# How to symbolically solve the minimization problem in simple linear regression

I want to use mathematica to symbolically solve the minimization problem in simple linear regression:

$${\text{Find }}\text{arg}\min _{\alpha ,\,\beta }Q(\alpha ,\beta ),\qquad {\text{for }}Q(\alpha ,\beta ) =\sum _{i=1}^{n}(y_{i}-\alpha -\beta x_{i})^{2},$$

where $y_i$, $x_i$, and $n$ are symbolic but not specific numbers.The expected answer would be something like

\begin{align} \hat {\beta }&={\frac {\sum _{i=1}^{n}(x_{i}-{\bar {x}})(y_{i}-{\bar {y}})}{\sum _{i=1}^{n}(x_{i}-{\bar {x}})^{2}}},\\ {\hat {\alpha }}&={\bar {y}}-{\hat {\beta }}\,{\bar {x}} \end{align}

Can someone show some code example for doing this? Thanks in advance!

• Thanks Michael for your suggestions! Jul 9 '16 at 21:49
• See (107426). Jul 9 '16 at 21:54
• What have you done so far? People are more likely to help if you show effort. Jul 9 '16 at 21:56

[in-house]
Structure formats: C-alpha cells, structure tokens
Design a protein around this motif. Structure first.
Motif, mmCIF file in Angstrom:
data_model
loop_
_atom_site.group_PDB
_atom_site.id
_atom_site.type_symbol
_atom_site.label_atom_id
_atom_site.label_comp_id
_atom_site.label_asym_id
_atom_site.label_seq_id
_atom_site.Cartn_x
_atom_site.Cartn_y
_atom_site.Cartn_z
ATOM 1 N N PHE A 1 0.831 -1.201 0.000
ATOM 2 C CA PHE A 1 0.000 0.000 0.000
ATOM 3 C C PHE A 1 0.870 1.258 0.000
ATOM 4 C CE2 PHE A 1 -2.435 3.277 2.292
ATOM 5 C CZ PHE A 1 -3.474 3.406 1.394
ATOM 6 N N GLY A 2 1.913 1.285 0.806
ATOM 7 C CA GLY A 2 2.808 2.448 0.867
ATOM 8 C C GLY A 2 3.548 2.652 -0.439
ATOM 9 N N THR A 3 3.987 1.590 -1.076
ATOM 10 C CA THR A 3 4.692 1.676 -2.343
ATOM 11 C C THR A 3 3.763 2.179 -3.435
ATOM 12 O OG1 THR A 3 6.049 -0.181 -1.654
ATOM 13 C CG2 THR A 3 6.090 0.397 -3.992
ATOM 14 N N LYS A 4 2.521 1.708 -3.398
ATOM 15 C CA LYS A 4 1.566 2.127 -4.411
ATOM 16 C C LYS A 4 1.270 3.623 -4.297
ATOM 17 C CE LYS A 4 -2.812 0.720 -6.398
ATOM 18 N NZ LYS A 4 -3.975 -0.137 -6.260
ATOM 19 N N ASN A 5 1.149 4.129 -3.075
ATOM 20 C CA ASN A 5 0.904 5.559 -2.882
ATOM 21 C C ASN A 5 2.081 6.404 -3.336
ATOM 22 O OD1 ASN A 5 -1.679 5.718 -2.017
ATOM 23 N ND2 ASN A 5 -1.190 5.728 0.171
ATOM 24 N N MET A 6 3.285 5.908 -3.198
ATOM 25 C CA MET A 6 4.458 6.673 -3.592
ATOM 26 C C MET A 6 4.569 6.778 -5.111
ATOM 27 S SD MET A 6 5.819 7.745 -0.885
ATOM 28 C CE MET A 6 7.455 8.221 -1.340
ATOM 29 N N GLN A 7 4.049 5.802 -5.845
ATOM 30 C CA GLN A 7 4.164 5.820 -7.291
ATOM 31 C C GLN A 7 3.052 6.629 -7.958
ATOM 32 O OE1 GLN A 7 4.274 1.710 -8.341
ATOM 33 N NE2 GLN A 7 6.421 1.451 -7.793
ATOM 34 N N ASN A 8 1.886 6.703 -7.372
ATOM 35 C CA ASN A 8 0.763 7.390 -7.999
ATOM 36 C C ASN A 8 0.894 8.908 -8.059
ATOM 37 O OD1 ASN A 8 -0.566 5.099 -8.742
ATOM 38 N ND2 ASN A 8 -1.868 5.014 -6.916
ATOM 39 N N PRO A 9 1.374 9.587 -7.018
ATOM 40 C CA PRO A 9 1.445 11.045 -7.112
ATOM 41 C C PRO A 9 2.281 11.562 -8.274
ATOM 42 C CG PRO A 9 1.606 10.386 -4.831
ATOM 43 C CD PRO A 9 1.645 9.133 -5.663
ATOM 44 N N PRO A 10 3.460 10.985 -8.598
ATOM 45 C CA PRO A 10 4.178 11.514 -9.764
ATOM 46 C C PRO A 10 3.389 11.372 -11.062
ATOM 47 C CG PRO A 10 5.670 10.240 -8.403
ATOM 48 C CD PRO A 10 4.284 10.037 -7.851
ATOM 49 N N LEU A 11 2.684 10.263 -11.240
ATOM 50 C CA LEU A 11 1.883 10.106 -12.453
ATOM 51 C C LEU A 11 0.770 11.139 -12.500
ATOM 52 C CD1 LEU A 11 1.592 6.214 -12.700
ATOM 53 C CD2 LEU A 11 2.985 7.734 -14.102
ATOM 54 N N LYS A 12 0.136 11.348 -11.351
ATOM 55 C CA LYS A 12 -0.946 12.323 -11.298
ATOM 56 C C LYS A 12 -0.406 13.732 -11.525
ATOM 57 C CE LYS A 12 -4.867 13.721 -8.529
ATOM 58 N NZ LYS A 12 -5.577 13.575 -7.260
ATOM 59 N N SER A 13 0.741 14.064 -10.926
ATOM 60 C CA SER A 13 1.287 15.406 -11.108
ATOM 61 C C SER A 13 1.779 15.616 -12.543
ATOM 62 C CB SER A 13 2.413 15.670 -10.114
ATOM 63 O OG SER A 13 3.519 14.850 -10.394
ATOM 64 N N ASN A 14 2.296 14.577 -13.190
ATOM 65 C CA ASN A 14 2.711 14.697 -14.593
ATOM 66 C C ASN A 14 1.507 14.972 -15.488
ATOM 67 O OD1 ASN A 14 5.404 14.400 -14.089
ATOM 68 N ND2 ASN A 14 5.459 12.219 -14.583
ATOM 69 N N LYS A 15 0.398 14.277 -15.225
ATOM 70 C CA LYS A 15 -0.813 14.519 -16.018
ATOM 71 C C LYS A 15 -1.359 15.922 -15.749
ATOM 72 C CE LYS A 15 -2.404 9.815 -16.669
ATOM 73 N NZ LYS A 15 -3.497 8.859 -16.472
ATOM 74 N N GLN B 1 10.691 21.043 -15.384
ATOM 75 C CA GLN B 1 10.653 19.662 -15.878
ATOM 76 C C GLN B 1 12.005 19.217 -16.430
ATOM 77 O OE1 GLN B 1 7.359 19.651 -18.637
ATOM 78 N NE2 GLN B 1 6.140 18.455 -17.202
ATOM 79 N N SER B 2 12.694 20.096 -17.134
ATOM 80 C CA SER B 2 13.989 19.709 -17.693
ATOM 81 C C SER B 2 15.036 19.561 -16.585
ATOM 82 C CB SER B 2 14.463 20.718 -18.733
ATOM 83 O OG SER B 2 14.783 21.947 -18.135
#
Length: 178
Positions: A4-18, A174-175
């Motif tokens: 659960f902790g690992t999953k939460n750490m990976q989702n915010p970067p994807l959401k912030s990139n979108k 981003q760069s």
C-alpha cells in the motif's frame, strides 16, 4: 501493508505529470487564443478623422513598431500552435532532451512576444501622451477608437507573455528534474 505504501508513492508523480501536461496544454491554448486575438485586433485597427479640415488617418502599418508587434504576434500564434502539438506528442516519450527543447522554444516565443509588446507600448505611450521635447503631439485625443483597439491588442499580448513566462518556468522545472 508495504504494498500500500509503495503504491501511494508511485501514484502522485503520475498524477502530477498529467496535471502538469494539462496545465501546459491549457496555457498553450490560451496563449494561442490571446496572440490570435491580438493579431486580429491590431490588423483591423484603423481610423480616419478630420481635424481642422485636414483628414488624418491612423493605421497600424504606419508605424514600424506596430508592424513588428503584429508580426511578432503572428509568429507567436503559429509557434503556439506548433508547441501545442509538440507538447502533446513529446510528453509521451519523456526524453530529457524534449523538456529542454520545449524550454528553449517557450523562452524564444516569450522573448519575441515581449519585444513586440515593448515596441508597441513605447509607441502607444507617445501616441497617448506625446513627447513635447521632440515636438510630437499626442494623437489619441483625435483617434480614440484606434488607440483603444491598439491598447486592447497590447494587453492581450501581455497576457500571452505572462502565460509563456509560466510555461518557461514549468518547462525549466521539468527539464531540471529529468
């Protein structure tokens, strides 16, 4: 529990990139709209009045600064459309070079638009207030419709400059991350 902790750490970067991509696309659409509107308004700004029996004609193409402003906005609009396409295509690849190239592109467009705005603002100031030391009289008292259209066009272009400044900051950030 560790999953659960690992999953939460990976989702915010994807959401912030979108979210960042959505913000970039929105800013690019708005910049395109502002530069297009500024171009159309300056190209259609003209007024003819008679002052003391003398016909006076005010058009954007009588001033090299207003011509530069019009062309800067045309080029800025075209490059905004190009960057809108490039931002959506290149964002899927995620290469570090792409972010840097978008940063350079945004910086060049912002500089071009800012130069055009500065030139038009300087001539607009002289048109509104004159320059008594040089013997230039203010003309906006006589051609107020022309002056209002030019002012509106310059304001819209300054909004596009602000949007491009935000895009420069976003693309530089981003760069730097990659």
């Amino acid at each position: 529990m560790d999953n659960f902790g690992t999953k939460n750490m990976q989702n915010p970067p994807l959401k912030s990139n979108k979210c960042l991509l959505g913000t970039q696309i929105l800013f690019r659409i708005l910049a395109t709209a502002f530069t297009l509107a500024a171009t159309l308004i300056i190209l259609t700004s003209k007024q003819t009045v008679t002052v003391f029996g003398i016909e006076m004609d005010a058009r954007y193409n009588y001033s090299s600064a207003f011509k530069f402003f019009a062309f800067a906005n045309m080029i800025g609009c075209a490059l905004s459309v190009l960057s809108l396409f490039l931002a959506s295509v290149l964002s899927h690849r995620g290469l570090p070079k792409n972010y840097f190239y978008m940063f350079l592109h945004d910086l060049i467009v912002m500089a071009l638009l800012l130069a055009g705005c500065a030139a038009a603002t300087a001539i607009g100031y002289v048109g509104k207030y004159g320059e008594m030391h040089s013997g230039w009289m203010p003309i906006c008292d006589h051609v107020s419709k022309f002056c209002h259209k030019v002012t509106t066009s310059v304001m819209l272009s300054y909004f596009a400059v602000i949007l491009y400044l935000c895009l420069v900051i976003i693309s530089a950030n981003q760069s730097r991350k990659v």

• You're welcome. Maybe someone else can help with your question. My experience has been that Mathematica's facility with algebraic/symbolic sums is limited. Jul 9 '16 at 21:56

The following is an adaptation of my answer to this question, which focused on the 3D linear least-squares problem.

(* Rules to get constants out of sums (or integrals etc) *)
outrules = {
Sum[f_ + g_, it : {x_Symbol, __}] :> Sum[f, it] + Sum[g, it],
Sum[c_ f_, it : {x_Symbol, __}] :> c Sum[f, it] /; FreeQ[c, x],
Sum[c_, it : {x_Symbol, __}] :> c Sum[1, it] /; FreeQ[c, x]
};

(*Generate the sum of squares*)
Sum[Expand[(y[i] - a x[i] - b)^2], {i, 1, n}];

(*Calculate the derivatives*)

(*Use the linearity property of sums*)
Distribute /@ %;

(*Pull out any constants from summations*)
% //. outrules;

(*Set the derivatives equal to zero to generate a system of equations*)

These sums are not yet expressed as a function of $(\bar{x},\bar{y})$, i.e. the average values of the $(x_i,y_i)$, respectively, as you have them in your question, but that should be a question of some algebraic transformations. Some such transformations are reported e.g. in this MathWorld document of least-squares fitting.